A. This is actually pretty simple. The universe would not exist without existence, so the origin of the universe has some close relationship with Existence itself. Likewise, there are many who believe that the truth must be beyond the universe in order for it to really be true, so we could imagine that truth is also intimately related with God. Also, it could easily be the case that God is the name for a set, inside which there are many things. The set itself would be one God, but it has many attributes within it.
Q. You can’t use Hindu scriptures to prove the existence of a God that Christians believe in!
A. Why? Aren’t you committing the ad hominem fallacy right now? If you are an internet atheist, I’m sure you are very familiar with it. Just because an argument comes from a Hindu doesn’t mean that it’s wrong from a Christian perspective.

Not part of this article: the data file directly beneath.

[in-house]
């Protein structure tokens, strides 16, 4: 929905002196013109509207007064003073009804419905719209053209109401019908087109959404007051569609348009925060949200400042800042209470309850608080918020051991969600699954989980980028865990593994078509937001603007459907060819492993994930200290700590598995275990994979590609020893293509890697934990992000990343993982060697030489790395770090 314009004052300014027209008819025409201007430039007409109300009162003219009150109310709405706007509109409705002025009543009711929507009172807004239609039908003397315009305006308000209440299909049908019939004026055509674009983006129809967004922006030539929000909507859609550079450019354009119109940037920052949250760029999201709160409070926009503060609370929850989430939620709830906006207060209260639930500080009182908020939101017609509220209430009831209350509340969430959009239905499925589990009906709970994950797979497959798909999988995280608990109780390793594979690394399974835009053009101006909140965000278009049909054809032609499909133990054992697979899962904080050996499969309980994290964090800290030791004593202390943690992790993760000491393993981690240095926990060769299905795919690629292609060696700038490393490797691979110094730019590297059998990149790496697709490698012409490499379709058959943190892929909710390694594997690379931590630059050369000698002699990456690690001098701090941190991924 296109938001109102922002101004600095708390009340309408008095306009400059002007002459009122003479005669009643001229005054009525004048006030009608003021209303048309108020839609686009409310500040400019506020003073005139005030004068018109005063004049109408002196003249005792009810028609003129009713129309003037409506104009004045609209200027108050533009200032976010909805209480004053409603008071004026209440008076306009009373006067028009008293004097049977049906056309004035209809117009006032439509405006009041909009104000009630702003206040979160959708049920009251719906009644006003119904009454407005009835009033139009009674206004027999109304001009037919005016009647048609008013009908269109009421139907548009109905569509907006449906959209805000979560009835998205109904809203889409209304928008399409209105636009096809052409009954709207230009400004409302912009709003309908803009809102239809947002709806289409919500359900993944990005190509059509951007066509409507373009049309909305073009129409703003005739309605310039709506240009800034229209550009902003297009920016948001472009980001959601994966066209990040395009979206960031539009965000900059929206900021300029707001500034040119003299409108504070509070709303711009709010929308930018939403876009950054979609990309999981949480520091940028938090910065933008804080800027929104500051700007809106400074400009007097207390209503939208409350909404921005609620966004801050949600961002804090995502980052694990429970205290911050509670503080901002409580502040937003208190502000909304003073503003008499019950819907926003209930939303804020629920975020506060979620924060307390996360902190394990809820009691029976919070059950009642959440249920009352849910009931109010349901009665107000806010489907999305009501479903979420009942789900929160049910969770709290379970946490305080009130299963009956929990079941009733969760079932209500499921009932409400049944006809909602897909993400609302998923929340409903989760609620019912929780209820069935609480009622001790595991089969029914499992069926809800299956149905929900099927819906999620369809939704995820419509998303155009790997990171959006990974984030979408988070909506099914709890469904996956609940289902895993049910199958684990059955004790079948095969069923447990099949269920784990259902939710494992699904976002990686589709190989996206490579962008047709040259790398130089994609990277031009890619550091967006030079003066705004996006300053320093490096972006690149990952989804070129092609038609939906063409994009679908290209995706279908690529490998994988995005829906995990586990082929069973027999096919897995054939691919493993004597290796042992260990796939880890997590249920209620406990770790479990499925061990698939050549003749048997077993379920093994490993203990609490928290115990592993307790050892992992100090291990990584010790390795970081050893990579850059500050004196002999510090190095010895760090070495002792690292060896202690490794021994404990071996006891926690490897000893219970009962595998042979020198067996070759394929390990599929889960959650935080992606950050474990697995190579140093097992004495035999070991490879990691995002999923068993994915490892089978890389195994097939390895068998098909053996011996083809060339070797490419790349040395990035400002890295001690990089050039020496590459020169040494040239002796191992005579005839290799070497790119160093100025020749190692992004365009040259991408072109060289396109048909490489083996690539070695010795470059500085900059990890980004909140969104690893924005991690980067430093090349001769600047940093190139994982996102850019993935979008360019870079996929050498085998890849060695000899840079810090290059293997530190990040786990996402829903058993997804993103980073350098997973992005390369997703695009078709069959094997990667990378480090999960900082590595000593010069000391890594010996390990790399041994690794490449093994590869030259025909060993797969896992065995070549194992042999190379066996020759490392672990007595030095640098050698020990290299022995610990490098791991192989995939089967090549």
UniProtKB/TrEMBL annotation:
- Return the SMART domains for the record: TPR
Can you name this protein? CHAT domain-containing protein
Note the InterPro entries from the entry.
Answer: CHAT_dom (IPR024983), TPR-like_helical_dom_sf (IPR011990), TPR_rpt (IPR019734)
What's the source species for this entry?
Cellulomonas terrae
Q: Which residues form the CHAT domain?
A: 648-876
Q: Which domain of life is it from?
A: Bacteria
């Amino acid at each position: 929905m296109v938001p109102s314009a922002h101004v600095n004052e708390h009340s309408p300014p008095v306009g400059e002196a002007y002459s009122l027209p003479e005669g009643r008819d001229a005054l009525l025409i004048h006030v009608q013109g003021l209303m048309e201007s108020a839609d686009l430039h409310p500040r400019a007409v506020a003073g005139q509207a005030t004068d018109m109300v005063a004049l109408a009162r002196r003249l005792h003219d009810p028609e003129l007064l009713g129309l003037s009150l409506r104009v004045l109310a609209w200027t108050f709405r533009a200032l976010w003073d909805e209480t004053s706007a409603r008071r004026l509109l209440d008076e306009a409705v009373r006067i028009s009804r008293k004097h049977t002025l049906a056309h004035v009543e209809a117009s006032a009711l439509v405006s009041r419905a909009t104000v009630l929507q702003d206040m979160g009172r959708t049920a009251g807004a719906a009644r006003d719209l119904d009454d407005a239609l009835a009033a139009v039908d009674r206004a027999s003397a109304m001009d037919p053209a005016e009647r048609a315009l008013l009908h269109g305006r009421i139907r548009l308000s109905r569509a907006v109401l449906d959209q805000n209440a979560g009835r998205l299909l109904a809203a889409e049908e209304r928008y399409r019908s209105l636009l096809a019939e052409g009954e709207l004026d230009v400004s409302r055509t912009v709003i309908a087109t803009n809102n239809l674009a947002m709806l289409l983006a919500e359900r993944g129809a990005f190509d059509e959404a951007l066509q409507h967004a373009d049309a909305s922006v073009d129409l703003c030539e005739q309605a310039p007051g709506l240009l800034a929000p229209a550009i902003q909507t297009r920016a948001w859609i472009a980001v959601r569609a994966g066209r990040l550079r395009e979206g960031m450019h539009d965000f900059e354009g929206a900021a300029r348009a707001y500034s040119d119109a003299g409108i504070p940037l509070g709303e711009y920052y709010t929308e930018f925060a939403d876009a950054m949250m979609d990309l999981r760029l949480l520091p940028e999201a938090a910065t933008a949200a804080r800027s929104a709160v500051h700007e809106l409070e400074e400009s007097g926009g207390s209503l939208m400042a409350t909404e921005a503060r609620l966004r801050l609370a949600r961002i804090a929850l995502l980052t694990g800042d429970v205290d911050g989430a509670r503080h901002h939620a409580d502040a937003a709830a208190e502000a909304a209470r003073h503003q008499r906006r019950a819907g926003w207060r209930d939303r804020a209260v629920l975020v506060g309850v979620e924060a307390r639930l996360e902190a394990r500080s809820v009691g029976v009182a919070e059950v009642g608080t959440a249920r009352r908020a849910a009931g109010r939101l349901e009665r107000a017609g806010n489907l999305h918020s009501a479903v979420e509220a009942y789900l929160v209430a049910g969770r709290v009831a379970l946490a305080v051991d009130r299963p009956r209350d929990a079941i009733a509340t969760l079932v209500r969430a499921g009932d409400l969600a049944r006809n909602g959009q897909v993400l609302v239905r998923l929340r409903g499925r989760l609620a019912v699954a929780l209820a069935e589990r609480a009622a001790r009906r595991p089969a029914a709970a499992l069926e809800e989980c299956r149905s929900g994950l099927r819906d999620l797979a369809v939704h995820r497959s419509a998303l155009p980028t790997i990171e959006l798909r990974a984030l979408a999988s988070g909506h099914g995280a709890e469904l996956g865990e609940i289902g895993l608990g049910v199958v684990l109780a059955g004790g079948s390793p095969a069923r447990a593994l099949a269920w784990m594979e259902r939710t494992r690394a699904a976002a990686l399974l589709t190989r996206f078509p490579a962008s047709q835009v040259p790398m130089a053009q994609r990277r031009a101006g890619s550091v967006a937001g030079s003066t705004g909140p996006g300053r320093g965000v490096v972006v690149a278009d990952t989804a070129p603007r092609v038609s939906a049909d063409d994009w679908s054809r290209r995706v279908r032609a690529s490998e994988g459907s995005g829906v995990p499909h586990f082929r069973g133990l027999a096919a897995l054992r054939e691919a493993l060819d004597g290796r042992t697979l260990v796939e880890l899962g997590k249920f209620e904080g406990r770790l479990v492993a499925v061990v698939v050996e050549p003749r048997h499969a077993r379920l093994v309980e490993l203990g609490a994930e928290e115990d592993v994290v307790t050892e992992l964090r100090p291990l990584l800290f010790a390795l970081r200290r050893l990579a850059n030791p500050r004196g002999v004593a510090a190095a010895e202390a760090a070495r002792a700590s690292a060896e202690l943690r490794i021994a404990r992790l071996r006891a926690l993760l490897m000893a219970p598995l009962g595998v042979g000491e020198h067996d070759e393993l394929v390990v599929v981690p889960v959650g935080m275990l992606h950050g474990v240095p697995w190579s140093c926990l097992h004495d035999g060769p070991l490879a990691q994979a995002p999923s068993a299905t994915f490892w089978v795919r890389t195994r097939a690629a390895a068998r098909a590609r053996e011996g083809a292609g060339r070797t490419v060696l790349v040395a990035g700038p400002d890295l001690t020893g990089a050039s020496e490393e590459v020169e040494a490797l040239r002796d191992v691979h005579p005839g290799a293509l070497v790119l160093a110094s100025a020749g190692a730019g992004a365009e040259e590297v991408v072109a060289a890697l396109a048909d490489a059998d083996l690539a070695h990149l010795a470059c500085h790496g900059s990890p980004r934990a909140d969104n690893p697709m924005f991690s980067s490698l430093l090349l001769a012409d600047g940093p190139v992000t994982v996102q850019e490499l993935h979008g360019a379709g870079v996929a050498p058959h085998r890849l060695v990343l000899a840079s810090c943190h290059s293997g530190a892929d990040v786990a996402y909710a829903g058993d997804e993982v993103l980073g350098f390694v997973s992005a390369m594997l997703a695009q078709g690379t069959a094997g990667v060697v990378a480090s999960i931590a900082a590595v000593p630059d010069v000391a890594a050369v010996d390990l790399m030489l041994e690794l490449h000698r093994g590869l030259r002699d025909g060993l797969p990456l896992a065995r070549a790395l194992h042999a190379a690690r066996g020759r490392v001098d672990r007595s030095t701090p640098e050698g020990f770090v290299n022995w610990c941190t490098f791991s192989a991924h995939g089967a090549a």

Q. You can’t just change definitions on me. Words have real meaning!
A. That’s not true. As long as I can point to an underlying concept, I can speak about that concept. Consider how the word “God”, which has Germanic origins and was used in a variety of pagan ways came to be identified with the Christian “theos”. Or consider how I can refer to the idea of apples as “bleebloo” and it won’t affect at all whether apples exist. Even the most skeptical atheist has to admit that the word “God” could be like “bleebloo” — a possibly-useless pointer to a concept that is ultimately real (i.e. the origin of the universe).
Q. Okay, but I believe in the Flying Spaghetti Monster (FSM), and I assert that this is God.